Sunday, October 30, 2011

The Evils of Advertizing

My alma mater has only last week started blaring rock music in between plays at football games. Football at Notre Dame is sacred, and it is strange that they are playing with this ritual (adding music and a jumbo-tron, which is under consideration, is the football equivalent of Vatican II reforms). There are mixed reactions to it. From what I hear, the music on the loudspeakers is competing with the marching bands' music (USC also had their band there last week), and it makes the announcements impossible to hear. At the very least they need to coordinate the sound system better. But the bigger issue is that if (when) they get the jumbo-tron, it will be paid for by a corporate sponsor, who will expect to have commercials played on the screen.  ND people were actually saying that the ND stadium was said to be one of the quietest in the country, so something had to be done. Apparently, ND is slow to add music and a giant screen; I guess tradition was important.  Some say the stadium was quiet because students only make up a small portion of the stadium (capacity 80,795; it was expanded from just over 59,000 when I was a student there; there are just under 12,000 students, of which only 8371 are undergrads. Students used to make up almost 20% of the stadium, but now they are less than 15% of the audience).  Professional sports events are now dominated by giant TVs and sound systems.  I guess the game itself is not exciting enough, and we need to be stimulated by music and ads. Of course, it is the ads that pay for this, and can bring in more money. From the commercial point of view, if you don't do this, you are leaving money on the table.

The issue of advertising's effect on society is addressed by a very interesting column by George Monbiot entitled Sucking Out Our Brains Through Our Eyes.  He notes that advertizing pays for his salary, especially as the sales of physical copies of newspapers decline, and newspapers rely more and more on ad revenue from online websites. Bloggers rely on ads too. But it is having a pernicious effect on our culture, making us more and more extrinsic in our value orientation, rather than intrinsic.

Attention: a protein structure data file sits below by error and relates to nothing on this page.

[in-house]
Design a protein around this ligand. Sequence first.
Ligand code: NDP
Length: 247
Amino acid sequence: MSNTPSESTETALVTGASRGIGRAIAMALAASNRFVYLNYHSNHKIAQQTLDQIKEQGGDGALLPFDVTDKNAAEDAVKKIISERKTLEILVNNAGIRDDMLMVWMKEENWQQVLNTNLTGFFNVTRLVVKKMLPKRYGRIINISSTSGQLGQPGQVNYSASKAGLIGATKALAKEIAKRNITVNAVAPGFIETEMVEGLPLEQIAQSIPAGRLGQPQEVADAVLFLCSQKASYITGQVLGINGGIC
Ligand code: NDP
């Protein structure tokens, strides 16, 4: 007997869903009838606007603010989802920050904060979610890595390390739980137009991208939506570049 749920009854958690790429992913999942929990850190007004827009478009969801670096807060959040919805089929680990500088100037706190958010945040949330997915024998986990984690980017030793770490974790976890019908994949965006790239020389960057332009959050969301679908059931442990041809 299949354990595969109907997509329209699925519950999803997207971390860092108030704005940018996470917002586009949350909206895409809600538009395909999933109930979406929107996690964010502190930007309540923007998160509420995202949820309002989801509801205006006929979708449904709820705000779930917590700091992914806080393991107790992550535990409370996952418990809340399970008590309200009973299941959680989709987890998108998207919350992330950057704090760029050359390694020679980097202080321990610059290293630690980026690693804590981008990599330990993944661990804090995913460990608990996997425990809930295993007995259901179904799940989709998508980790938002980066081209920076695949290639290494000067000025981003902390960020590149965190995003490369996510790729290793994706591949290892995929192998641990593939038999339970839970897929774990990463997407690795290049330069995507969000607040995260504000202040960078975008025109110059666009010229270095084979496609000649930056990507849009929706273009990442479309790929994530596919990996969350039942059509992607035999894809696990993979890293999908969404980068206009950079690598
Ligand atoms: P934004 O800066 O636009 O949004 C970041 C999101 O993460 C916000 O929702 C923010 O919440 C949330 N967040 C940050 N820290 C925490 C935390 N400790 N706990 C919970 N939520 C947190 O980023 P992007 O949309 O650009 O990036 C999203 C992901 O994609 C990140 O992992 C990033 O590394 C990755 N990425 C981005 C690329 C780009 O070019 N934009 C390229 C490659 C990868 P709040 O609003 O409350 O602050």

People with a strong set of intrinsic values place most weight on their relationships with family, friends and community. They have a sense of self-acceptance and a concern for other people and the environment. People with largely extrinsic values are driven by a desire for status, wealth and power over others. They tend to be image-conscious, to have a strong desire to conform to social norms and to possess less concern for other people or the planet. They are also more likely to suffer from anxiety and depression and to report low levels of satisfaction with their lives.

Monbiot ruminates on how dependent he is on advertizing for his income. I'm guilty too, in that I enjoy the free content on websites ("free" websites are made possible by ads, of course).  If people were more aware of how ads distort their thinking, they might be more careful. But research has found that everyone overestimates their ability to discount advertising.  It really is insidious.  And it is about to enter the Notre Dame stadium, which is practically sacred ground.  There really is no place safe from advertizing. How many years before there are corporate logos (aside from the jersey manufacturers) on players' uniforms?

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